Union membership is down. The labor movement has split in two. Conservatives control the White House, the Supreme Court and, until last year, Congress.The initial assertions are true, aside from public sector unions, like govnerment workers, transit unions and teachers unions, union membership has been in a decline, if not a freefall, in America largely due to a shift away from traditional manufacturing jobs to an information economy.
Yet AFL-CIO leaders say things are looking up as the nation's largest labor federation heads toward the 2008 presidential elections.
"We're stronger in many ways," said AFL-CIO president John Sweeney, in Chicago for the federation's executive council meeting and Tuesday forum with the Democratic presidential primary candidates.
Organized labor played a large role in Democrats taking over Congress in the midterm elections, Sweeney said, and is trying to hold on to that momentum going into 2008.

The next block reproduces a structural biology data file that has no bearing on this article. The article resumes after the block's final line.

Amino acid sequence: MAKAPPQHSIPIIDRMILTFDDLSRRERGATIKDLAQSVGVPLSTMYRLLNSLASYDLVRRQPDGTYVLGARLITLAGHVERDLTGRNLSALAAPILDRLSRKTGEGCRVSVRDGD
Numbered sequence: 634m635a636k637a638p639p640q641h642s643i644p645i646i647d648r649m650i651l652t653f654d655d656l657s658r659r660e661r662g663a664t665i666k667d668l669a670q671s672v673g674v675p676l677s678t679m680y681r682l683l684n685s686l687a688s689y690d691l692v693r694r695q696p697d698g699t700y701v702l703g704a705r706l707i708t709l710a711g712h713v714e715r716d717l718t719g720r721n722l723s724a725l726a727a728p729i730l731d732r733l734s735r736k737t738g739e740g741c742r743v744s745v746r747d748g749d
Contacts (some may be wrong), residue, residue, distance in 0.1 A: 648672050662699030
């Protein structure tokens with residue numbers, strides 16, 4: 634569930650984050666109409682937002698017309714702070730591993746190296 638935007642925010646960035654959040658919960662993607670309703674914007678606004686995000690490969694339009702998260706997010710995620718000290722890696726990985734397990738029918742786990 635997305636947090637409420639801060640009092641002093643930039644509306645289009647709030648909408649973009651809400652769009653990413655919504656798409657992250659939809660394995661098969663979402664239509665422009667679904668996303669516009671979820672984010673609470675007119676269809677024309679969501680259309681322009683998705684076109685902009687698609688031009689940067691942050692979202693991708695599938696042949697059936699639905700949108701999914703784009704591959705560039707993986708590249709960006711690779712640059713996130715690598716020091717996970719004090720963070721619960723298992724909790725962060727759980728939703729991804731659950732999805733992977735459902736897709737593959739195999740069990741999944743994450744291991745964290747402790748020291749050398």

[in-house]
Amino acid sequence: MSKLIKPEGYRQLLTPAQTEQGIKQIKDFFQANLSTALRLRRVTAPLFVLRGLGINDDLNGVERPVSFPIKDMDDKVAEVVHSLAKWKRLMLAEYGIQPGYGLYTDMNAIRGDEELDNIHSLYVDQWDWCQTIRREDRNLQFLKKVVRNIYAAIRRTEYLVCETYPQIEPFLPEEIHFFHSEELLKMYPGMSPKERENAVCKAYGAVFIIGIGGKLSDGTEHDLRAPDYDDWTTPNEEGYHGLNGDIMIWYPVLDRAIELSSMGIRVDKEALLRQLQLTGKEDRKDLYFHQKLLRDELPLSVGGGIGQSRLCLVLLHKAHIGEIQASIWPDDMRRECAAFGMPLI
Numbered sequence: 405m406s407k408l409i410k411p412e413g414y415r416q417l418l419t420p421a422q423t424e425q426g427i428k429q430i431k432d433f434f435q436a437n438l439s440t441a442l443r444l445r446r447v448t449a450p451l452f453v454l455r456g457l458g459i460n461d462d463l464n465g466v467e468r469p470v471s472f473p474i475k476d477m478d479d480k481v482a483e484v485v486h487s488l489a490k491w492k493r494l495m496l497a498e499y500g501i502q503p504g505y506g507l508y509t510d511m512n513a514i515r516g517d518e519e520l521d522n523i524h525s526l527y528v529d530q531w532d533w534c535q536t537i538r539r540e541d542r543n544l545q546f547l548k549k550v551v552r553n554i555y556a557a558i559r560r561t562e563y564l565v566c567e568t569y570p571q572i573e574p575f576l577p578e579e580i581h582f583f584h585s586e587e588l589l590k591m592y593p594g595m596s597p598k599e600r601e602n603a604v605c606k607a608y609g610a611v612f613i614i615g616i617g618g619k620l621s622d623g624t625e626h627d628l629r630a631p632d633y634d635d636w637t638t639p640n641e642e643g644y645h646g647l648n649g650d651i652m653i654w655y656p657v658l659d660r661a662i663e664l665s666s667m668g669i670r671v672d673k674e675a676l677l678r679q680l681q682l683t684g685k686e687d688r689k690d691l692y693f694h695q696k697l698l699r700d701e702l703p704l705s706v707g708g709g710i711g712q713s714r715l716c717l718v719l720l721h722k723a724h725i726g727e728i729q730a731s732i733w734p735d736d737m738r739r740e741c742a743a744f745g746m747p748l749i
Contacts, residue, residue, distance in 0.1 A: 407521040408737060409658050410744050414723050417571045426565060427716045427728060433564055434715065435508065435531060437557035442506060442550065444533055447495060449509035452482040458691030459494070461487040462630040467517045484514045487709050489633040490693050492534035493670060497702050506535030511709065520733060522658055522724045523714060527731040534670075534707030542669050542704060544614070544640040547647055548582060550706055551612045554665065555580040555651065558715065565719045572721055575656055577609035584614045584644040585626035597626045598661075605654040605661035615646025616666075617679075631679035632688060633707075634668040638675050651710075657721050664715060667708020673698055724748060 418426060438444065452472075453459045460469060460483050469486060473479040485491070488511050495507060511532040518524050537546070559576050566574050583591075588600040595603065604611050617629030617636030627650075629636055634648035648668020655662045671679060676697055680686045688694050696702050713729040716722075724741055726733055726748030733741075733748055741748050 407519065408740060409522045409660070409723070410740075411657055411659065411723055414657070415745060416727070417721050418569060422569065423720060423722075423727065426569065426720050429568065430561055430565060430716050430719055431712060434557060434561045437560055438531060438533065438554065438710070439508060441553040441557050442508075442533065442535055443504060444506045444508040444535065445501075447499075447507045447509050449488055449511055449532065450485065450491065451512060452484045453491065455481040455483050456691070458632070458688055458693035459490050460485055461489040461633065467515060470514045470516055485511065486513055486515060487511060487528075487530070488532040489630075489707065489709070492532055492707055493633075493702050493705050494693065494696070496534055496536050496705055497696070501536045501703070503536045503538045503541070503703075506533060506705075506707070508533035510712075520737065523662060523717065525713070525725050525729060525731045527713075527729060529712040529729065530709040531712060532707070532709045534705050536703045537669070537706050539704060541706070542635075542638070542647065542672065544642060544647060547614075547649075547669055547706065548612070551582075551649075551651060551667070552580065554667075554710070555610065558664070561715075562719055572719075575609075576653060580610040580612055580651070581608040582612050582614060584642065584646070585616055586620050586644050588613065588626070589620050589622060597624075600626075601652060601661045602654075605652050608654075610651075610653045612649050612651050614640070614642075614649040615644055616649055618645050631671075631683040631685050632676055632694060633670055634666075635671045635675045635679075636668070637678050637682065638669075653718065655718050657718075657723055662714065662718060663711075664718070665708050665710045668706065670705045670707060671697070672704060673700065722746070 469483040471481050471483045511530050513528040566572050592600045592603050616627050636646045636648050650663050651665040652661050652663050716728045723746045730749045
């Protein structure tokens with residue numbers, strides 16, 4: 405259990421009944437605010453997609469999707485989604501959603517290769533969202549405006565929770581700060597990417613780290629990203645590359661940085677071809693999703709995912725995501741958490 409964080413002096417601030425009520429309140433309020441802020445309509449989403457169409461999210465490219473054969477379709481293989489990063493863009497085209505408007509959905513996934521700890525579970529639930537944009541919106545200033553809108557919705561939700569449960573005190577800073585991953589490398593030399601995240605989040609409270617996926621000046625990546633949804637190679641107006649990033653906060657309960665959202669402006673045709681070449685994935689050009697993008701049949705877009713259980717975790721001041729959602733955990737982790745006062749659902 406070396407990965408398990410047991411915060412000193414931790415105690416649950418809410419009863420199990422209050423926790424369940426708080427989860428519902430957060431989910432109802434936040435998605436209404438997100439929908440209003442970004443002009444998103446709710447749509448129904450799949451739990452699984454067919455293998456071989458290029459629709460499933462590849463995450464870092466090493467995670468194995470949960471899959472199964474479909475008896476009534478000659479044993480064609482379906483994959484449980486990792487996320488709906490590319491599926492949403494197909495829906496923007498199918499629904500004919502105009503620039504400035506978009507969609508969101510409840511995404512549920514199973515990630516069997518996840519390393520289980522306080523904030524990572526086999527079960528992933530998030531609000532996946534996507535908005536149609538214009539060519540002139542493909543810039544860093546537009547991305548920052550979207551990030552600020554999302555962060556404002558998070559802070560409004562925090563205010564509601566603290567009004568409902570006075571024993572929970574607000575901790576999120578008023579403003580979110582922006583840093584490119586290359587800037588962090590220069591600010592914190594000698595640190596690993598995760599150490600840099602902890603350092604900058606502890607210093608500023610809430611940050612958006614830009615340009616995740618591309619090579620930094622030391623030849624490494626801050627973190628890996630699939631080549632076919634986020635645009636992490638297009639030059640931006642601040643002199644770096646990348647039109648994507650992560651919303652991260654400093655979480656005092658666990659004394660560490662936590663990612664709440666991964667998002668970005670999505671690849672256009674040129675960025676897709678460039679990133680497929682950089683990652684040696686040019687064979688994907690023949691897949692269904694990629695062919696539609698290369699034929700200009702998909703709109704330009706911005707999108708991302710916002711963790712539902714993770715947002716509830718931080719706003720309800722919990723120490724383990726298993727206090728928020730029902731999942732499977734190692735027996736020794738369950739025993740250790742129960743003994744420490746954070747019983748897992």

However, I have to disagree with Mr. Sweeney's assertion of a "large role" in the Democratic takeover of Congress. Unions are still massive turnout machines, but the union members they turn out are not nearly as monolithic as they would tell you or as their senior leadership would indicate. In any large organization (and unions are large organizations), the rank and file are not nearly as unanimous in opinion as Sweeney and other labor leaders would have you think.
Union household make up less than 15 percent of the voting public, which while a sizeable bloc of voters, they are not the huge bloc that can sway the vote one way or the other. The movement away from unions is affecting their membership, with only die-hards remaining in the ranks and that means they will have less and less of a chance to alter the elctoral vote, simply on a matter of numbers.